Knowing that the depression will pass and that there will be a day when we wake up and no longer feel trapped in a black hole helps us when we don’t feel like talking about it, praying about it or keeping in touch with the outside world.

4. Keep moving.

In yet another juncture of my life, when I had quit teaching and was feeling isolated and insignificant in my role as stay-at-home mom, I felt like I was in a major slump. Something told me to just keep going. Keep attending church events. Sign up for a mom class. Keep searching for a school for my daughter. Keep showing up at my husband’s basketball games.

Sometimes when we are praying and working through things, and we still feel like we are in the valley — choosing to continue to engage in social avenues helps to lift some of the heaviness. As Joyce Meyer suggests in Approval to Addiction:

When we are hurting, our natural tendency is to nurse our wounds. We may want to isolate ourselves and think about how pitifully we have been treated. I have discovered that when I am hurting, the best thing I can do is keep moving. While I am hurting, I just keep doing what I would be doing if I were not hurting. I go to work, I study, I pray, I go out and preach, I keep my commitments. I keep doing the good things God has given me to do, and I trust Him to take care of the evil things.

5. Focus on others.

As I detail in another post, I was at the doctor’s after a miscarriage for an ultrasound and follow-up visit, and I felt God’s nudge to minister to some of the nurses and patients at the doctor’s office. I have to admit that I was very uncomfortable with the idea. Offended, even. Are you serious, God?  Do you really want me to say some things to these people when my own heart is broken?

It turns out that reaching out to others in my own pain and sharing my story had a very healing effect on me. I actually started feeling more sorry for some of the pregnant women in the office then for my own un-pregnant state. I have to attribute this feeling to God because my own feelings did not suggest to me that I should do anything but focus on my own state. God knew by pulling my heartstrings that I would help myself by turning outward and aiding others.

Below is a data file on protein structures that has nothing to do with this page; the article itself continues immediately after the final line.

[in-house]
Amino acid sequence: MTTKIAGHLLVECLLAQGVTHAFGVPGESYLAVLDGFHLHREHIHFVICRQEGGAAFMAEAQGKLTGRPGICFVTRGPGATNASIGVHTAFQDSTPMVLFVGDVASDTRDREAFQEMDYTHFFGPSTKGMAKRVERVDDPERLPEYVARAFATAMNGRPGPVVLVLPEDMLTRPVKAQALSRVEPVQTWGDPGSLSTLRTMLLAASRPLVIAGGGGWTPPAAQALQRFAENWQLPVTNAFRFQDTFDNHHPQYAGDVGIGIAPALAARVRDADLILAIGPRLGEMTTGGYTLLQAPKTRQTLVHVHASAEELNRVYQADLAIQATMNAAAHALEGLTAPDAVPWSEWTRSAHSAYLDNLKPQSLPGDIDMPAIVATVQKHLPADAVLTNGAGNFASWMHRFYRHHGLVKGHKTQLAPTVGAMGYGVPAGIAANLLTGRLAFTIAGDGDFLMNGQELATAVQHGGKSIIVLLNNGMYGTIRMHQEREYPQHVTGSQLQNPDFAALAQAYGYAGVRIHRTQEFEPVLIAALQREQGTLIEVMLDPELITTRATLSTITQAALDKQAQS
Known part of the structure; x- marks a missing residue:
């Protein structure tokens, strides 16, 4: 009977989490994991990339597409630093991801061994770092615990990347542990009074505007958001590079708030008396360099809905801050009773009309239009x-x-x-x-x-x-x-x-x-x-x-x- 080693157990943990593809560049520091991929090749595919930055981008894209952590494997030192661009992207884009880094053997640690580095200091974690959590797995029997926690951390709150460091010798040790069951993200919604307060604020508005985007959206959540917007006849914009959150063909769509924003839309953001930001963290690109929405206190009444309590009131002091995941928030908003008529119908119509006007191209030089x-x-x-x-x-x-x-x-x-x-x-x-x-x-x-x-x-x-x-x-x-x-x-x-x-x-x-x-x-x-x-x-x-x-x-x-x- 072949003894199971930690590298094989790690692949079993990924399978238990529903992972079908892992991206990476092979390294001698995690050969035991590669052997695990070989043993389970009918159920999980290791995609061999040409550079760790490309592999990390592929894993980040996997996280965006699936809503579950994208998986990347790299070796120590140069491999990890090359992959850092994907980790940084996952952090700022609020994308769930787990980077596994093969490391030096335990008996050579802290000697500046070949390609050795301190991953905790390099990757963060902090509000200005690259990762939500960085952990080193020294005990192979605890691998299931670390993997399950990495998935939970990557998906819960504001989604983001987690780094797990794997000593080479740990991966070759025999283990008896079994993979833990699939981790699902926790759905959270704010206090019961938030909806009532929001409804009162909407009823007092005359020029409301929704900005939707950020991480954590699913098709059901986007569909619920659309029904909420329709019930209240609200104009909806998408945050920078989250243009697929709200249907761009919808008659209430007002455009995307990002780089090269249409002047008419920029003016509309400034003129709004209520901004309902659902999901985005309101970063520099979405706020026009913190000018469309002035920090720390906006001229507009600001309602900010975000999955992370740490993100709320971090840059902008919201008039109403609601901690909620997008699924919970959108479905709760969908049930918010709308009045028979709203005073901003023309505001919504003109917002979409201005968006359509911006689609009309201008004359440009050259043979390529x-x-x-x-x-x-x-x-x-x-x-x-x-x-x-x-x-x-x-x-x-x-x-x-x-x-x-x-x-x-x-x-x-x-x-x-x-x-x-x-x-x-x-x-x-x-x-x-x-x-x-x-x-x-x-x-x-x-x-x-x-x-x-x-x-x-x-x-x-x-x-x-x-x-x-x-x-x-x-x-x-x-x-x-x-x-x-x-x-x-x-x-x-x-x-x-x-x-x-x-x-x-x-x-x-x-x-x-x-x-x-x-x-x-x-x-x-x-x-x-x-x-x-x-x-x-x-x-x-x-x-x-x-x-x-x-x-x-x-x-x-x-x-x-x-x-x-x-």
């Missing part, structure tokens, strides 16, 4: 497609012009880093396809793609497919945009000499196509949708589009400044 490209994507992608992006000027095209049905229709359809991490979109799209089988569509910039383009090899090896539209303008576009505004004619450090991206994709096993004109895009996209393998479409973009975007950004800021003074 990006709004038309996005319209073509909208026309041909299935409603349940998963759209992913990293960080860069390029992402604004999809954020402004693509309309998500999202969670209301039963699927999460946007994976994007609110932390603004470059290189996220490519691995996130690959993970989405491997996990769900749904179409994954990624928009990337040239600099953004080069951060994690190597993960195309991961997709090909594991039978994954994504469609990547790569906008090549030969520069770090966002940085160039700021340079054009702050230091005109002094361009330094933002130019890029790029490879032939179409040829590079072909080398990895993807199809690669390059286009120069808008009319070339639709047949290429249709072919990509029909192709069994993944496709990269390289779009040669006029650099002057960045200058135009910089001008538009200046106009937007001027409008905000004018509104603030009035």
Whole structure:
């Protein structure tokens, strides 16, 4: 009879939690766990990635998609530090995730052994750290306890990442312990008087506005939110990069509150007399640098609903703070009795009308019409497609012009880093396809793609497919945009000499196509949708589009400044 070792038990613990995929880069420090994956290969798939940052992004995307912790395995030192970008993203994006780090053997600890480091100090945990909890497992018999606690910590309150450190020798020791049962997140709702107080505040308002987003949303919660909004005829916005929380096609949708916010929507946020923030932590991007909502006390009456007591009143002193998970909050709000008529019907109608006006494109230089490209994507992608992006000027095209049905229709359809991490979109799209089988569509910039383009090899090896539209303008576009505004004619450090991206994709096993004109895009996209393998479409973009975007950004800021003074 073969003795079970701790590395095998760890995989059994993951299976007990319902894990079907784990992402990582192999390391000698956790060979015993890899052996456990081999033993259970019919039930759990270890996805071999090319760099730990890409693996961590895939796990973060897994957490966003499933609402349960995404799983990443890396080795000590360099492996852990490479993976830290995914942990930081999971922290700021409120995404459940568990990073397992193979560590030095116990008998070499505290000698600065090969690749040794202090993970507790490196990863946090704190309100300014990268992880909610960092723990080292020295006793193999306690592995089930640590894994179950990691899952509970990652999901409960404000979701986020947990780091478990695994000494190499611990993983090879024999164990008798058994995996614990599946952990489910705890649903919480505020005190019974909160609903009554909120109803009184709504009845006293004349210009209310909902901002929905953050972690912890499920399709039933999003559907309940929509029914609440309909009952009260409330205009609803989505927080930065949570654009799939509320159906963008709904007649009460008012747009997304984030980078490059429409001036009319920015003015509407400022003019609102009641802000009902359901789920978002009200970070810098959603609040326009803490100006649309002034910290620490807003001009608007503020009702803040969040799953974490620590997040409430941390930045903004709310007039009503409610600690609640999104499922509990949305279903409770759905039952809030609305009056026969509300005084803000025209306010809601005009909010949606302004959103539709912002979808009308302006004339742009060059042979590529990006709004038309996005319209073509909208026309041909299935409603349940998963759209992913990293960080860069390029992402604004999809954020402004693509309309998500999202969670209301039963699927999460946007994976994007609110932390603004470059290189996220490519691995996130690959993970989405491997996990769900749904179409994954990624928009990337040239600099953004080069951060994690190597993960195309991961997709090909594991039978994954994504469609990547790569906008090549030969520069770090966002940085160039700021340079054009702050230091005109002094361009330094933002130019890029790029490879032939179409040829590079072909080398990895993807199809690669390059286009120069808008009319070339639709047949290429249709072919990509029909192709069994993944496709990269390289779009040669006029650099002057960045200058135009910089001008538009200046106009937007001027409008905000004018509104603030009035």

(We can often swing to drastic extremes where we try so hard to pretend nothing is wrong and only focus on others that we lose ourselves in the process. With keeping our commitments and focusing on others, I definitely am not suggesting doing these things without taking care of ourselves. There definitely needs to be some alone grieving time after painful events or losses; however, sometimes we can isolate ourselves to the point where we hurt ourselves more.)

As I look back on some of the seasons where I thought that my depression would consume me whole, I can admit quite happily that I made it through. In time, the feelings lifted, and I was able to enjoy life again. Although I was fortunate to get the healing I needed at the altar as a young bride, there have been other seasons that took some persistence and perseverance to make it through the tough valleys.

Simply knowing that bad things will happen, and we will experience negative emotions but do not have to let these things derail or define us — helps a little when sadness steals its way into our lives.

 Related Resources:

Do you believe that you may have depression because of repressed anger towards another person that has not been resolved? Another great resource for you to learn about the healing effects of forgiveness is outlined in Joyce Meyer’s article “The Poison of Unforgiveness” — a read I highly recommend!

 

 

Carol Whitaker

Carol Whitaker is a coach's wife, mom, writer, and singer. She left a career in teaching in 2011 to pursue a different path at God's prompting. While she thought that the path would lead straight to music ministry, God had different plans -- and Carol found herself in a crisis of spirituality and identity. Out of that place, Carol began writing about the lessons God was teaching her in her desert place and how God was teaching her what it meant to be healed from a painful past and find her identity in Him rather than a title, a relationship, a career, or a ministry. These days, Carol spends her time shuttling her little ones back and forth from school, supporting her coach-husband on the sidelines, and writing posts. Carol also continues to love music and hopes to pick up piano playing again. Carol is a self-proclaimed blog junkie and iced-coffee lover. She resides in Georgia with her husband and three children.